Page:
In 1912, not all villages were on a road, telephones were rarer than gold and could not be used by doctors for talking to patients; it was against regulations. People sent for the doctor by telegram. And the doctors felt those telegrams to be a nuisance, as the advent of the telegraph office had quadrupled their workload. Tuberculosis (TB or consumption) was rife, affecting nearly half the population. In some places, children were fed tea (and not Earl Grey variety either; it would be some vile concoction made of bark) instead of milk. For an annual fee of 5s (25p), the doctor could be enticed to your home, but he was fed up with frivolous call-outs for trifling inconveniences like tooth-ache. In many places, people shared their living quarters with cattle; one doctor knocked on a door to see a patient, and found it being answered by a calf! Women giving birth were attended by other women of the village, and were lucky to have a nurse in the area.

Friday, 6 April 2012

Evening post




With thanks to Donna for previously providing these graphics

A nice bright day in Stornoway, with good sunny spells. It was a day with an unusual ship in port, I'll post pics on another occasion.

It looks as if Virginia Beach in the States has come off lightly when that F18 fighter-jet crashed onto an apartment block. Although devastation is extensive, nobody was killed (well, as far as we know at 6pm EDT) and only six people hurt. The story of the pilot apologising to people on the ground for crashing onto their apartment made me smile.

If you are using a Mac or Apple computer, please read this. It is extremely important for reasons of your computer's security.

Friday 6 April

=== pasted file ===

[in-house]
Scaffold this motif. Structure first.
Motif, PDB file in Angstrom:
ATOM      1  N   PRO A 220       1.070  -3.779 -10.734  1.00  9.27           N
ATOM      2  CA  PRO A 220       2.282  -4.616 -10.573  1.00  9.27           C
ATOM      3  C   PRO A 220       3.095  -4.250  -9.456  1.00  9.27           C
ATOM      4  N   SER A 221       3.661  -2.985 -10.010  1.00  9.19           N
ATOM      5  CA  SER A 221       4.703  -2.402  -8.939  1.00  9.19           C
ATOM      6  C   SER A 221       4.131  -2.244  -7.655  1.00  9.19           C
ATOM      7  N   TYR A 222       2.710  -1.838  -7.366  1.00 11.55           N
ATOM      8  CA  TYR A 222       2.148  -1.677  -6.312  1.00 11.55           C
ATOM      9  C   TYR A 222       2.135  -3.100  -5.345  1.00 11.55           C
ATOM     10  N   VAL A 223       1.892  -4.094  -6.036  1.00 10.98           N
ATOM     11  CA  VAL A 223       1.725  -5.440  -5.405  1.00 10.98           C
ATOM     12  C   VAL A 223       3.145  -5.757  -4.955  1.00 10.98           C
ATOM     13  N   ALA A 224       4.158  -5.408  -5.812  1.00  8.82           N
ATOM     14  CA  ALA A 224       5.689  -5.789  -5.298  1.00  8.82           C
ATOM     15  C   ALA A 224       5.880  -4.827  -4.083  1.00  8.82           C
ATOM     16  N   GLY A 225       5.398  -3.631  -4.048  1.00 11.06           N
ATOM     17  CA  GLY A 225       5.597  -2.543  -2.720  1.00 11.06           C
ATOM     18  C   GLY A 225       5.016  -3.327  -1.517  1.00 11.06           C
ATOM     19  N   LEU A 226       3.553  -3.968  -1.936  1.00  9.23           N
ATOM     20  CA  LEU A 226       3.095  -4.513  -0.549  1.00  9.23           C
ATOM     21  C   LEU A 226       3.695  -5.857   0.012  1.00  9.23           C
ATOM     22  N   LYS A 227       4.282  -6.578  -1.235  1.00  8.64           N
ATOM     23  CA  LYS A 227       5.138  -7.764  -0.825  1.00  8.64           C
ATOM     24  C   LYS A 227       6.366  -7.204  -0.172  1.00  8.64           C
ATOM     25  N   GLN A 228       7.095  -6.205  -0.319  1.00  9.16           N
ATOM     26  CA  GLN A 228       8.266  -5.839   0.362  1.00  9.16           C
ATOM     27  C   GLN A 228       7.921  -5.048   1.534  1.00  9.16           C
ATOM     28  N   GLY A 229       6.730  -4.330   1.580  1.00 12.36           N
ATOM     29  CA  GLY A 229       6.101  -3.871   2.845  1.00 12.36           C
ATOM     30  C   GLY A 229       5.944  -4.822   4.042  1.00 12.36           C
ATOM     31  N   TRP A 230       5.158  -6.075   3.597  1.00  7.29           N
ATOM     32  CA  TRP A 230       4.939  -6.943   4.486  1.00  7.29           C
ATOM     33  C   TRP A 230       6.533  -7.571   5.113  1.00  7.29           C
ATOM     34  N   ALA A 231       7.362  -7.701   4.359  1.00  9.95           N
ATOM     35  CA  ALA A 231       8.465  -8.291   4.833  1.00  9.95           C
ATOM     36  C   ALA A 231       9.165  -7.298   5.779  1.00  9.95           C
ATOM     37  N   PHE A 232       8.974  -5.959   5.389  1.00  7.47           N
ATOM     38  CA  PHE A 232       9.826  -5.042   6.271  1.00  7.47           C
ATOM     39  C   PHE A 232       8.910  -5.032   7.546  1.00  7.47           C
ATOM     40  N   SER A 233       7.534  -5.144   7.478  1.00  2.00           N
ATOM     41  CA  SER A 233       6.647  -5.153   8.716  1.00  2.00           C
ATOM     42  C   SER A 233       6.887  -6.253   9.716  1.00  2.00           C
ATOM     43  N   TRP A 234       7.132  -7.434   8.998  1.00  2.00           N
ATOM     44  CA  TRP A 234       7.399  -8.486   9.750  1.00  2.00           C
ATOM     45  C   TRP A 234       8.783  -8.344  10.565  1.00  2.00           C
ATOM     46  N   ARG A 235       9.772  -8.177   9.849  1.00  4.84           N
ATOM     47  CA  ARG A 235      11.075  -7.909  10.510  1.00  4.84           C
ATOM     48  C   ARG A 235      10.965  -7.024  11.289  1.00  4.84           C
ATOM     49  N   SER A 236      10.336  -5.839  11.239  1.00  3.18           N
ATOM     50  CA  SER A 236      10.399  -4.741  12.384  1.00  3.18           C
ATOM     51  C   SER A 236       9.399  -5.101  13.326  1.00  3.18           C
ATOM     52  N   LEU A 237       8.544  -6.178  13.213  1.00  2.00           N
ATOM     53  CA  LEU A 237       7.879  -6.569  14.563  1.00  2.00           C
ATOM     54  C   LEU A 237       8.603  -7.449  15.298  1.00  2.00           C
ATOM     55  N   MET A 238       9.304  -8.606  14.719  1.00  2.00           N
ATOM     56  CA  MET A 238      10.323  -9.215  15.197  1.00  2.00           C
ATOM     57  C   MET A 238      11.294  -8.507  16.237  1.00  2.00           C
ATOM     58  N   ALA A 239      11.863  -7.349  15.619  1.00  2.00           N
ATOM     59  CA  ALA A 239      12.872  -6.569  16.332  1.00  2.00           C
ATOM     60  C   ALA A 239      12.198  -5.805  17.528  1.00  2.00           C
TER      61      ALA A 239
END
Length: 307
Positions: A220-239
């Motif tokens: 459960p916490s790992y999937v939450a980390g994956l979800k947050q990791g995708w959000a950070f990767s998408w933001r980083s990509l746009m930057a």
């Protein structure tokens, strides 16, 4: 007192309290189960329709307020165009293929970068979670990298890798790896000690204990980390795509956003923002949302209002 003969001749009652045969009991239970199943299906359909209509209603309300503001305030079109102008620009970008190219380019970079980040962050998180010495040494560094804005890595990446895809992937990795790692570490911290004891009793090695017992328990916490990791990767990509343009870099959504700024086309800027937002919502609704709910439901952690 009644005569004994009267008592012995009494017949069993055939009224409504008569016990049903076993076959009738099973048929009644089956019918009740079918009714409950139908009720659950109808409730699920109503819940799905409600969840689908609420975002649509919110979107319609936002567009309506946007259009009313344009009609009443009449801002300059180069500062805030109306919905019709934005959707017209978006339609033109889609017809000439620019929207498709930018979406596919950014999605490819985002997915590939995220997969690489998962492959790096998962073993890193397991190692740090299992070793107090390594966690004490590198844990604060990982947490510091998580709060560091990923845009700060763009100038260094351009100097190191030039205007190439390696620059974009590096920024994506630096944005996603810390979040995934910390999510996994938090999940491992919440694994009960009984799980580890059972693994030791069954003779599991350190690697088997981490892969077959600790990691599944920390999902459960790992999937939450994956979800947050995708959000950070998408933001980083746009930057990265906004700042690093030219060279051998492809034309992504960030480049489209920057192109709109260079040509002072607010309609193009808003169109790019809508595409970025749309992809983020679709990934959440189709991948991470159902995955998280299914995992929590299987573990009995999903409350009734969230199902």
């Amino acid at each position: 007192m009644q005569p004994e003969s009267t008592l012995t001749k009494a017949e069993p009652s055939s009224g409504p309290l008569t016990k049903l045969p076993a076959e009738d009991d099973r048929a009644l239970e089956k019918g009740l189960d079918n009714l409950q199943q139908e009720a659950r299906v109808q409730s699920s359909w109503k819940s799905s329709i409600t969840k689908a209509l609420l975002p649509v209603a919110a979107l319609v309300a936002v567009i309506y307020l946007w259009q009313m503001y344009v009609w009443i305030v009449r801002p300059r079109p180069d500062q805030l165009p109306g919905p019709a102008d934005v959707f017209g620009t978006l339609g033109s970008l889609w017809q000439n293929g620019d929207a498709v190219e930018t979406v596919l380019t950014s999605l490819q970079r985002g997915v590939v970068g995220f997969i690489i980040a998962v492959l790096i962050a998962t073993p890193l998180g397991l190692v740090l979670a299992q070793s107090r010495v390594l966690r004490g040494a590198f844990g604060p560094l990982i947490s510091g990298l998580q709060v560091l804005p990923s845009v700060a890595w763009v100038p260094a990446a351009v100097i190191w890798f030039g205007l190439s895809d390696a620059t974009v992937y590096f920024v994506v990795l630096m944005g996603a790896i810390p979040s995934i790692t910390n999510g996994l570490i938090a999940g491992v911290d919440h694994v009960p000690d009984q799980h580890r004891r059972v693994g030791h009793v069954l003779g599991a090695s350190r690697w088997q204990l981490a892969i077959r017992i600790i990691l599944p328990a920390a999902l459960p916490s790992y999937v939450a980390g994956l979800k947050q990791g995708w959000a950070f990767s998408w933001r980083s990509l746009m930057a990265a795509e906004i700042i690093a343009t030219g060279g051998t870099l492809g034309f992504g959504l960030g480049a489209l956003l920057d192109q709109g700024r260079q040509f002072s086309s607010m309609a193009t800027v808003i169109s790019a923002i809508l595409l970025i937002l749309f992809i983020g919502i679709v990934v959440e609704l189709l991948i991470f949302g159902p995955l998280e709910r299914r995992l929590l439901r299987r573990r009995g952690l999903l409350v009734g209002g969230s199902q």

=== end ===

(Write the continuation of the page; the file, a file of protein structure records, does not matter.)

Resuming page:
Good Friday today, the start of the Easter weekend. From point of view of Biblical history, this is the day that Christ was crucified. In two days time, on Easter Sunday, the tomb where Christ was interred, will be found empty and He will have been resurrected. It is customary in places like Germany and Holland to attend a performance of the St Matthew's Passion by J.S. Bach, of which I embed a performance of the final choral.

The keyphrase runs "In tears we sit down", as the disciples gather round the tomb where Christ's body has been put after his death on the cross.

There will be many tears, silent or not, in Bosnia Hercegovina today. It is the 20th anniversary of the start of the bloody civil war back in 1992, which included the infamous siege of Sarajevo. That city was cut off for 45 months, and more than 11,000 died. Some distance to the east, the worst atrocity of all, at Srebrenica, took place in July 1995. The UN had kept a safe zone there, and at the nearby town of Gorazde, for Bosnian Moslims, only for it to be overrun by Bosnian Serbs under Gen Ratko Mladic. Troops from the Dutch UN battalion, friends of mine included, were forced to cooperate with Gen Mladic in gathering the Moslim population, separating the men and boys and putting them on buses to be taken away. All 8,000 of them were killed.

I'll have another post later today.

Wednesday, 4 April 2012

Wednesday 4 April

Fairly bright today, and until a minute ago, dry. However, the rain has just moved in as I type this. Northern England was battered by high winds, snow and ice overnight.

Big news today: the pandas in Edinburgh Zoo have not mated. Right. That's news of national importance?

I think it is rather more important that Caledonian MacBrayne's, our ferry company, will fit cardiac defibrillators on all its vessels. The defibrillators can be used when someone suffers a cardiac arrest, a lifethreatening situation which requires immediate intervention. 

I close this post with a close-up of a treetrunk, which is sporting a good covering of moss. How do you mean, damp climate?


Tuesday, 3 April 2012

Tuesday 3 April

Awoke to heavy snow showers, but after sunrise, the snow did not settle. The showers decreased in frequency after lunchtime, leaving us with a mainly dry and bright afternoon. As I type this, I am reading reports that the weather in Dallas, Texas, is a tad more lively. Tornadoes have torn through the city, tossing trailers through the air like matchboxes. Stay safe if you're in northeastern Texas.